Kingdom, for over half its population lived at a density
of more than two persons per room. In Dundee in 1904
almost half the population was similarly overcrowded and
a detailed study of nearly 6,000 houses in the city showed
that 21% had no sanitary accommodation for women and
children, while 10% had none for men. Even where the
occupants had access to a water-closet or other sanitary
arrangements within or adjacent to the home, these were
often shared by many people. Of the 6,000 houses studied in
 Dundee, almost a thousand had sanitary accommodation
 shared by more than 25 persons, over two thousand had
sanitary accommodation shared by  between 13 and 24
persons, and two thousand had sanitary accommodation
shared by not more than 12 persons. Most of the remaining
 thousand had sanitary accommodation for men only.

In 1912 a Royal Commission was appointed to inquire into
Scottish urban and rural housing conditions, with special
reference to the housing of miners and agricultural labourers
, and to report on legislative changes considered desirable
 to remedy the existing defects. The commission's report
was not published until 1917. It revealed that although the
 number of people in Scotland living at a density of four
or more per room had fallen between 1901 and 1911
from 9.6% to 8.6% of the population, the number living
 at a density of more than two per room, and therefore by
 official definition 'overcrowded’, had barely changed,
being 45.7% in 1901 and 45.1% in 1911. The report
showed that the reason for the failure to reduce
overcrowding by any appreciable amount was simply a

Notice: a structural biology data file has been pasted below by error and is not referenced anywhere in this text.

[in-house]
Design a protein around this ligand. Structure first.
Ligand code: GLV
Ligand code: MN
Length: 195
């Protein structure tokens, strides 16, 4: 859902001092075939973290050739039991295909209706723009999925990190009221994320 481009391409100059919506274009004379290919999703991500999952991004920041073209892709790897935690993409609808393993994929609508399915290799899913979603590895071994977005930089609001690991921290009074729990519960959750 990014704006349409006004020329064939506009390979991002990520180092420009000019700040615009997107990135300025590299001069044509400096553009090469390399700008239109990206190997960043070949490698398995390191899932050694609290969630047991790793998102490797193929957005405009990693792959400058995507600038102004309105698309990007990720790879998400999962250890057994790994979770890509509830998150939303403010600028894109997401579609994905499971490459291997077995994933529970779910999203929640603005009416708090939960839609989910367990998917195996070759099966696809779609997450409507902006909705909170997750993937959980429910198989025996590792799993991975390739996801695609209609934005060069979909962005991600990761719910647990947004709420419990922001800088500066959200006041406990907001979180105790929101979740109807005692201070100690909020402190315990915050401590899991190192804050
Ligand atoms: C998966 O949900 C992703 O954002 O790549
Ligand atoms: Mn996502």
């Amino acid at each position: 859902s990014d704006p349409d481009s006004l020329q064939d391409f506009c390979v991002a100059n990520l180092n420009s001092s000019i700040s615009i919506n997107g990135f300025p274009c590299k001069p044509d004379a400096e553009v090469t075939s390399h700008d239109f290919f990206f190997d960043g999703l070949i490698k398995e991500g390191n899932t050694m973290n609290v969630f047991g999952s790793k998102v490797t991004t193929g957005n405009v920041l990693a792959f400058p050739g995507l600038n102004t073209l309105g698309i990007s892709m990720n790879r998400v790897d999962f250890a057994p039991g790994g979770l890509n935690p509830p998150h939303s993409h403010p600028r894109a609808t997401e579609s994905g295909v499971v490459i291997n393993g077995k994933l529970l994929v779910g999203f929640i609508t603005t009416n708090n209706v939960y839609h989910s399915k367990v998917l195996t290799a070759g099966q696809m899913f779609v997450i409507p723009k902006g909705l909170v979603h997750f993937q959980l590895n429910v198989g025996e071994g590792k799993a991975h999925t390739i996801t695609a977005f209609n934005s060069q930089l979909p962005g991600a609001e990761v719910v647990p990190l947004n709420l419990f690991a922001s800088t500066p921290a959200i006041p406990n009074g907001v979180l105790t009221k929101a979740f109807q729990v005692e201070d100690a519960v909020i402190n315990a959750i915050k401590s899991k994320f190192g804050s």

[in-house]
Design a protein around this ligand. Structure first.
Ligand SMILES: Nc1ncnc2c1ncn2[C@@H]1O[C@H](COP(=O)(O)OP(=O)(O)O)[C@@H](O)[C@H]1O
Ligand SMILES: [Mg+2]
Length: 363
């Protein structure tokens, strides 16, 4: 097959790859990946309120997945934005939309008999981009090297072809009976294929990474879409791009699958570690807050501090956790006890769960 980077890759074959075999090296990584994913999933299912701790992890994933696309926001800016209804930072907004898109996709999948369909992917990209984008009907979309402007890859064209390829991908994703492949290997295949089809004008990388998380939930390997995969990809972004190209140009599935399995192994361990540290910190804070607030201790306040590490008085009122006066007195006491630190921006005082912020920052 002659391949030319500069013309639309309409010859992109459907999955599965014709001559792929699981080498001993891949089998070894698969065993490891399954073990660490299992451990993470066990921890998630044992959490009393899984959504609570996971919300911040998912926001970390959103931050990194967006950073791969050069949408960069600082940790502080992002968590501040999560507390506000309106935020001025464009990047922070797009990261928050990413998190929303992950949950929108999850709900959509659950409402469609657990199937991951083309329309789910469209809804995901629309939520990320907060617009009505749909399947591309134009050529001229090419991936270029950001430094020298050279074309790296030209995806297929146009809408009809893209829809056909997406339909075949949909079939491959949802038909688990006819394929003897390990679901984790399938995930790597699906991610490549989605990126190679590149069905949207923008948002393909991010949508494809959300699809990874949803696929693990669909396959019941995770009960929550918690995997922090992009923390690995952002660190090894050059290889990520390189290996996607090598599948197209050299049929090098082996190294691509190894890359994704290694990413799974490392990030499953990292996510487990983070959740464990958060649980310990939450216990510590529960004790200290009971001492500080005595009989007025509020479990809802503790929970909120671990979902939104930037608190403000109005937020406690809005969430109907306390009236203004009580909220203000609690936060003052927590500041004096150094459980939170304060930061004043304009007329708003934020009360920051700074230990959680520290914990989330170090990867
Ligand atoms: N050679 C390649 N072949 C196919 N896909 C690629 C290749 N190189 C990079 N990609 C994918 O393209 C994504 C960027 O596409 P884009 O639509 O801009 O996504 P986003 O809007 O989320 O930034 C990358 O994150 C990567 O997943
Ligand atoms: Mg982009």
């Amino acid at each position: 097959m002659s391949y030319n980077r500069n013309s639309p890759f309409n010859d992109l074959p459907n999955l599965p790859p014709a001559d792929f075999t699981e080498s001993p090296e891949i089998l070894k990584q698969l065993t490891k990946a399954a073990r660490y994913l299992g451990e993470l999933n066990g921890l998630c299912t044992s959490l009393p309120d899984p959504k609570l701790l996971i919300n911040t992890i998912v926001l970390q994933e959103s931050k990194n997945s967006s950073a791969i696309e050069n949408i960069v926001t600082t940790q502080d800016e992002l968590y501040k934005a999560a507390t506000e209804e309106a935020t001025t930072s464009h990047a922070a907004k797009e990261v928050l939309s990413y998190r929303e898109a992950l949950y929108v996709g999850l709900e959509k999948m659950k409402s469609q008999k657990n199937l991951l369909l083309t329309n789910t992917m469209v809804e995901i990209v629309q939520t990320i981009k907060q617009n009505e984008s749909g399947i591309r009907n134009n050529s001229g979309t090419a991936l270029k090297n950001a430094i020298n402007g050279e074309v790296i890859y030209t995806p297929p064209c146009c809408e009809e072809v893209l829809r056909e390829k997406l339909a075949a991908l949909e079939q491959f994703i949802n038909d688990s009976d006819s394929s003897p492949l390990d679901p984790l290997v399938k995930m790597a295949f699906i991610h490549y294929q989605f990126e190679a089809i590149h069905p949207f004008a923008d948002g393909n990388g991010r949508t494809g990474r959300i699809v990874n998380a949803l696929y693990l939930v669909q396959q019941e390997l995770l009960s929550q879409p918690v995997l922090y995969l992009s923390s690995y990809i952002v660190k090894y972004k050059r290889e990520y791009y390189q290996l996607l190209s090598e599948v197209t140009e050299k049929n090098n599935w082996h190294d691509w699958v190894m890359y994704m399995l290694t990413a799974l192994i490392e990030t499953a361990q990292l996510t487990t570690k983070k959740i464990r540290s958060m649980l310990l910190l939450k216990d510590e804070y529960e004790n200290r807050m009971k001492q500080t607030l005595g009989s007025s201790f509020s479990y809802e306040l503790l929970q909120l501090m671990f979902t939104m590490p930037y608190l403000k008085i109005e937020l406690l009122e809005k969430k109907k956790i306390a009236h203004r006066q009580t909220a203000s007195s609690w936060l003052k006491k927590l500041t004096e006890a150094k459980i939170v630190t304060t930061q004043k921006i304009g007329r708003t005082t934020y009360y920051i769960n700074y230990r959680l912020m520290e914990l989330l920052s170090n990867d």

sharp decline in house-building.

 In Glasgow, for example, between 1901 and 1904 a total
 of 13,080 houses (with an estimated 34,500 rooms) had
been built; between 1907 and 1910, 3,488 houses
 (with an estimated 9,460 rooms); and between 1910
and 1913 only 945 houses (with an estimated 2,750 rooms).

 A classic case of municipal lethargy in enforcing the
 powers available under the 1890 Housing of the Working
Classes Act occurred in Port Glasgow. In 1901 the
 medical officer of health reported that a district of the
 town, where houses were crowded together with insufficient
sanitary accommodation and inadequate ventilation, was an
 insanitary area under the terms of the act. The town council
 accepted the report but because of local objections a
statutory inquiry was necessary.

Agreement was finally reached in 1904 and the- following
 year Parliament sanctioned an order for the compulsory
purchase of the condemned properties. A council committee
 was appointed to negotiate the purchases and by the end
of 1911, ten years after his initial report, the medical
officer was able to record that the scheme was nearing

Above is a brief look at Royal Commission's report  on the
poor law and the statistic's are very interesting but what
the people themselves?What about the vast numbers of
sick or out-of-work folks during these times?

For a more fuller picture of Social conditions we need
to look towards the poor relief records ,held in various
archives across Scotland.

Scotfamtree have since day-one of our site,believed in
tracing these records on behalf of our members,especially
for those members who can not,easily,gain access to
these archive records.